When he takes office in January, President-elect Obama should create an office within the executive office of the president to coordinate implementation of all aspects of energy policy, with the new office’s head sitting on both the National Economic Council (NEC) and the National Security Council (NSC), according to an energy plan proposed last week by the U.S. Chamber of Commerce.

The chamber’s energy policy road map, “A Transition Plan for Securing America’s Energy Future,” includes 88 recommendations and detailed timelines for Obama and the 111th Congress, including a call for permanently lifting restrictions on the development of both traditional and renewable domestic energy sources.

“For too long the federal government has limited energy options for the American public by placing over 80% of our domestic oil and natural gas resources off-limits to investment and investing less in clean energy technologies today than we did immediately after the 1970s oil embargo,” the chamber said. “Such actions are a self-inflicted wound to our security and prosperity.”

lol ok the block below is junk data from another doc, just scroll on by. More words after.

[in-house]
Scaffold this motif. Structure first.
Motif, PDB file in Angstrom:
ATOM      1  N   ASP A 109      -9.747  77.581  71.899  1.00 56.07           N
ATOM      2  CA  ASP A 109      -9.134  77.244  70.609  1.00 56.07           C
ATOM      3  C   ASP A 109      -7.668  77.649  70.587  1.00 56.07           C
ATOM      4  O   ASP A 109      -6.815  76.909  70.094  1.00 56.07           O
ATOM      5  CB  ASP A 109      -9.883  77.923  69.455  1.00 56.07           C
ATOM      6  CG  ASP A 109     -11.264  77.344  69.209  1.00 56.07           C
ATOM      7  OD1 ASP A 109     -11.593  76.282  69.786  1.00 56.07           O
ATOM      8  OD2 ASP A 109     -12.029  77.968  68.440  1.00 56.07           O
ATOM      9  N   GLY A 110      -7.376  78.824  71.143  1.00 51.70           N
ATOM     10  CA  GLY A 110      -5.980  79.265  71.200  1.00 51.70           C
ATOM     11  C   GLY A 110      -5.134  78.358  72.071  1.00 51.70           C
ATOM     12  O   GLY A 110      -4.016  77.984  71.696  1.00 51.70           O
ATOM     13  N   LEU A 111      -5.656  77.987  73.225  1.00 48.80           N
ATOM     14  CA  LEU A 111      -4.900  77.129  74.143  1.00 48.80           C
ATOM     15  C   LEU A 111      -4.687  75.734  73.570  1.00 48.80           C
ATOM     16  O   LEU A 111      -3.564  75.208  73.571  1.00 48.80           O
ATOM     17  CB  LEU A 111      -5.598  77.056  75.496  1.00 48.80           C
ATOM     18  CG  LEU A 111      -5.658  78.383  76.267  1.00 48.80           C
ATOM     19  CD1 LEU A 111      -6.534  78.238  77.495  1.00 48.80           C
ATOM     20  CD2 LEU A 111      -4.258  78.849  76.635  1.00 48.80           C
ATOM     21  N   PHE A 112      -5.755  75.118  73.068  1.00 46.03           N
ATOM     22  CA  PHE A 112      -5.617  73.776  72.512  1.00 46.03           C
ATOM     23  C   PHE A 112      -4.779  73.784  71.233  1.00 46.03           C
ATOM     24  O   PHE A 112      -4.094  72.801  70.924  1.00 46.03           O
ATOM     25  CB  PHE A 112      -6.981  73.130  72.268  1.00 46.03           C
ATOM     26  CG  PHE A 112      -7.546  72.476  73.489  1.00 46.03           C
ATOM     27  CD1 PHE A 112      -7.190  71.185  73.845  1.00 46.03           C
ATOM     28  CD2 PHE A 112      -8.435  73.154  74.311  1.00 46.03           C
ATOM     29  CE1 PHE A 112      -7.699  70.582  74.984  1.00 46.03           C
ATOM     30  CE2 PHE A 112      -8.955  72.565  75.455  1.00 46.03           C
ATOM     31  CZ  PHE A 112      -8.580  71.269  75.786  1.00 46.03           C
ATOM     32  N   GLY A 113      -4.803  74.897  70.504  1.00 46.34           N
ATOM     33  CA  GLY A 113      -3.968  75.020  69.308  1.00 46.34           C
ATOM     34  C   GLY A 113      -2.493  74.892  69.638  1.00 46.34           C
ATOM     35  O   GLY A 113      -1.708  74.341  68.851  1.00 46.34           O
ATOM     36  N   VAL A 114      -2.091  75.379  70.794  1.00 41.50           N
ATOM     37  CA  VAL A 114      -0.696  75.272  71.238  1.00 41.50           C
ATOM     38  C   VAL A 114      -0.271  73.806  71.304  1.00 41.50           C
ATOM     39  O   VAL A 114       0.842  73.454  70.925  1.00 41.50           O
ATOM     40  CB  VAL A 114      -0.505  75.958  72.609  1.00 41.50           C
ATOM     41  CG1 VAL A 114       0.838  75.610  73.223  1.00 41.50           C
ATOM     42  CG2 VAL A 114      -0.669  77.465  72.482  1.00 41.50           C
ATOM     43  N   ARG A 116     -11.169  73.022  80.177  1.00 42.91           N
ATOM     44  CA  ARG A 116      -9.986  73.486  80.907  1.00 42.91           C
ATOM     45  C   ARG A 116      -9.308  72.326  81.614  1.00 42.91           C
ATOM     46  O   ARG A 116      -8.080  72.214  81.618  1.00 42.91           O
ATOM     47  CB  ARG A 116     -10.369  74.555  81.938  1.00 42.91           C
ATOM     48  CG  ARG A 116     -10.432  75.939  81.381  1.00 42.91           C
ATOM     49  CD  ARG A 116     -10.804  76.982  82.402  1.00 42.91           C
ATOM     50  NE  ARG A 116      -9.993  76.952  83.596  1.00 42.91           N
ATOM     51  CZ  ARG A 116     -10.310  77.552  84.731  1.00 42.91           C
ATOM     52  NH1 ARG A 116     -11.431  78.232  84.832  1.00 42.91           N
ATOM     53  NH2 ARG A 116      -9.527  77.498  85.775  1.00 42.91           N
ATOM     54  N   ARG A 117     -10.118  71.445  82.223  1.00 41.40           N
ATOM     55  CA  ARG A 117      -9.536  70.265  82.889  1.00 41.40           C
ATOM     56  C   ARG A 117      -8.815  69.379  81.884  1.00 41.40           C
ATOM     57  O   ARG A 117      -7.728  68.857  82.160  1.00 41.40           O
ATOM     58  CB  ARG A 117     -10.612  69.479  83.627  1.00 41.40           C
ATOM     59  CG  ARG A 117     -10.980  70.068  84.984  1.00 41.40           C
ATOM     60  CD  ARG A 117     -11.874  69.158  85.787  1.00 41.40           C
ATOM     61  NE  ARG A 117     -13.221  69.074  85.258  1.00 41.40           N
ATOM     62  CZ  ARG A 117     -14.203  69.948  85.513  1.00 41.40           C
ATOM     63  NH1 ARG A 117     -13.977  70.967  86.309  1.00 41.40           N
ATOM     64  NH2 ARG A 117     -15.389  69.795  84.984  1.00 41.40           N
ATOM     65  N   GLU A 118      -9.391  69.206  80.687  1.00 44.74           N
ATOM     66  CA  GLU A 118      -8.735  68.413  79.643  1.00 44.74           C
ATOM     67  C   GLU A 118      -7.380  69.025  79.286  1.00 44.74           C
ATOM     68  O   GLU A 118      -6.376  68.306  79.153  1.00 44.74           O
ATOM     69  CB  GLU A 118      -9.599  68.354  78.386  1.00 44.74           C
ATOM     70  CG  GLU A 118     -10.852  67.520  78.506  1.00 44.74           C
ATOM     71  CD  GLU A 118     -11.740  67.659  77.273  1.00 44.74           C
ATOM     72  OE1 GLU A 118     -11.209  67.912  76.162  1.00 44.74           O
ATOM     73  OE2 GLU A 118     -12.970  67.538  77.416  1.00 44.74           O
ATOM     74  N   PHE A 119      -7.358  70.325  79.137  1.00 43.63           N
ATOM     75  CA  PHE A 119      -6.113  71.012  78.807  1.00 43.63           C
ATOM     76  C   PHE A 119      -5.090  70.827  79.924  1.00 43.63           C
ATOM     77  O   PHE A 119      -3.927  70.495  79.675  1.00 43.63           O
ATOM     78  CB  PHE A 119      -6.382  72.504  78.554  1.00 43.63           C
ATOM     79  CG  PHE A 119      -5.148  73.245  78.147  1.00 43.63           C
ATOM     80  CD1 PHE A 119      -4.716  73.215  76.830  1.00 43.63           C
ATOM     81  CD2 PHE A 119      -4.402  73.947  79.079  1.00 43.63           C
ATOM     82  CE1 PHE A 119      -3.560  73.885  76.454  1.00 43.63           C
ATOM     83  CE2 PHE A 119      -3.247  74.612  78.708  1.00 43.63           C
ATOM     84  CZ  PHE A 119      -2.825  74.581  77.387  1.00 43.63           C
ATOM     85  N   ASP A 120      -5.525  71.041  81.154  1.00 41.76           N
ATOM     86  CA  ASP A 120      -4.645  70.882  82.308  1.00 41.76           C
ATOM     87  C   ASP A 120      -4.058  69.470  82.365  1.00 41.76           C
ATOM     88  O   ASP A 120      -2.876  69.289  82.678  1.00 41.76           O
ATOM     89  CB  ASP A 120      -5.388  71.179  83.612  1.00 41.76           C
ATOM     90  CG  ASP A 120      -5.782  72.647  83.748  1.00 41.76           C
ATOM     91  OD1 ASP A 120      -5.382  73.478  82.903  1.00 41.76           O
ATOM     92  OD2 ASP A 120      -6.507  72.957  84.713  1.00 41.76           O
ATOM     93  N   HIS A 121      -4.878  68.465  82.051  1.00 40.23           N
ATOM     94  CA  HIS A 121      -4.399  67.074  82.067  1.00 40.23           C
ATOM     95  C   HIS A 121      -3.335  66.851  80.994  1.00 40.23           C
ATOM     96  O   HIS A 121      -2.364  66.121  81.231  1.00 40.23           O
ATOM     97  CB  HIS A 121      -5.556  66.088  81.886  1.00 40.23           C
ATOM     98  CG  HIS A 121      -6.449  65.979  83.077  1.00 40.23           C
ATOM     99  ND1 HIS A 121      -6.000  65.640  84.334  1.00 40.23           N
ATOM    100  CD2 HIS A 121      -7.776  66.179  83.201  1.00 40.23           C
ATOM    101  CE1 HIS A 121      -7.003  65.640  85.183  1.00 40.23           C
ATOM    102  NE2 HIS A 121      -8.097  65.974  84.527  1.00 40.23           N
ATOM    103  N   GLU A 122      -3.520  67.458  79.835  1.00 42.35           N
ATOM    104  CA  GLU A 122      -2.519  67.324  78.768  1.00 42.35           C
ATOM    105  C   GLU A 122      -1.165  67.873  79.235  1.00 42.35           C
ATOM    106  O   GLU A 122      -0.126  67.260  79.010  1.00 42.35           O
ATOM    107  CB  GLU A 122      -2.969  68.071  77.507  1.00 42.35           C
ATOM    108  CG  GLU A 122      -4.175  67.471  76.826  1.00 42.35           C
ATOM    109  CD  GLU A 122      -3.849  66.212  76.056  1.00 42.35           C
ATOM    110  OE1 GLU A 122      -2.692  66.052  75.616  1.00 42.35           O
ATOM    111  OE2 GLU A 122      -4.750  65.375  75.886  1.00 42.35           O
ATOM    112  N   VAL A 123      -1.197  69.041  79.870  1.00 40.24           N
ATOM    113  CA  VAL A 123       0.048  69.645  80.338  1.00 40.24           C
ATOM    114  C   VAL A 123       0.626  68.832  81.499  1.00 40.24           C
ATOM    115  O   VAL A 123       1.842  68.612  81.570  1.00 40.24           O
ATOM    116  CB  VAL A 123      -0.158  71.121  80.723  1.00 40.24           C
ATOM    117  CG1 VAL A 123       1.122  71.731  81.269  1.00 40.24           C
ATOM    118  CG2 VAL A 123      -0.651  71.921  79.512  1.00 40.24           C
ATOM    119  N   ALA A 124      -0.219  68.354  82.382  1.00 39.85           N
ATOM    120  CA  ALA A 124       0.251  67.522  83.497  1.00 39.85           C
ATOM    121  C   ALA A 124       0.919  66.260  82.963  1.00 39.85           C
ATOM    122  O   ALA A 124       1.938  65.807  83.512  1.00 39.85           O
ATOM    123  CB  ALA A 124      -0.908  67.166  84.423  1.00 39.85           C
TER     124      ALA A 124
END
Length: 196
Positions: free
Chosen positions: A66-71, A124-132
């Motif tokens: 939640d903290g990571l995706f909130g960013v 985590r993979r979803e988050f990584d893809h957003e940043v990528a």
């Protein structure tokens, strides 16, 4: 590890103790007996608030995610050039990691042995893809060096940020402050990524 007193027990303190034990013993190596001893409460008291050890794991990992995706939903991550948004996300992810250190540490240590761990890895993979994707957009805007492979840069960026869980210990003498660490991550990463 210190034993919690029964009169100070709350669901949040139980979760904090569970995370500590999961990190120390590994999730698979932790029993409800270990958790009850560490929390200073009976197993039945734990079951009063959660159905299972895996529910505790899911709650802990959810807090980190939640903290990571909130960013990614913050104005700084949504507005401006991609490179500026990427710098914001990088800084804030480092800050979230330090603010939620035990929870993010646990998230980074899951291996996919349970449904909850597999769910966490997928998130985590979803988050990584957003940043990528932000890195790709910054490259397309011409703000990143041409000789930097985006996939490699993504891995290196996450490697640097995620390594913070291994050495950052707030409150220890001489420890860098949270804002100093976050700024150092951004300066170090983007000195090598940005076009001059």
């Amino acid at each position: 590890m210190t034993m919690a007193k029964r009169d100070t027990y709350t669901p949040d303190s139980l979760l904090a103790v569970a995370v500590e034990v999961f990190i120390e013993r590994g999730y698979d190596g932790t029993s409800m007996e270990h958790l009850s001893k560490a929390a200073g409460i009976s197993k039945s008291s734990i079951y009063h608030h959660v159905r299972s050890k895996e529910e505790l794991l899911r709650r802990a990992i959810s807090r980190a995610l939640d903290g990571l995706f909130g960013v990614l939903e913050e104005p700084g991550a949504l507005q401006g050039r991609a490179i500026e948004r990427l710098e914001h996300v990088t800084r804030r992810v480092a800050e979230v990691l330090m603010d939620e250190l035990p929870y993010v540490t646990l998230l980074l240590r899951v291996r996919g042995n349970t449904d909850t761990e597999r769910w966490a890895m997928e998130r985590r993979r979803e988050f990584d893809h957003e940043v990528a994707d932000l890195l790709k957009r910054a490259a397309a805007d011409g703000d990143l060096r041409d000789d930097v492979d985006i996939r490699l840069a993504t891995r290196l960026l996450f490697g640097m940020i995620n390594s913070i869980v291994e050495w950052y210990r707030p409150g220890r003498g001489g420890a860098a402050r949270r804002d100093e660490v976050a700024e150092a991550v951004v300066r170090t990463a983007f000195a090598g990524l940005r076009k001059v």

The chamber recommended that both the head of the proposed new office and the Secretary of Energy sit on both NEC and NSC, “since energy policy affects and is affected by all economic and national security policy.”

In July the chamber and a bipartisan group of energy officials and industry leaders released an open letter to Congress and the next president calling for a strategic long-term energy policy for the United States. At the same time it unveiled 13 “fundamental pillars” that it said would build the foundation for a new policy, including accelerating energy efficiency across all sectors; modernizing and expanding energy infrastructure; transforming the transportation sector including greater use of alternative and renewable fuels; and expanding the use of nuclear power, coal and renewable energy as well as new domestic exploration and production of oil and natural gas. The group advocated reducing the environmental impact of energy use and increasing investments in climate change research, and it calls for addressing critical shortages in scientists and engineers through education and training programs, incentives and visa policies.

The chamber last week said that within one year Congress should pass and Obama should sign into law comprehensive energy legislation incorporating all of the 13 pillars it has recommended.

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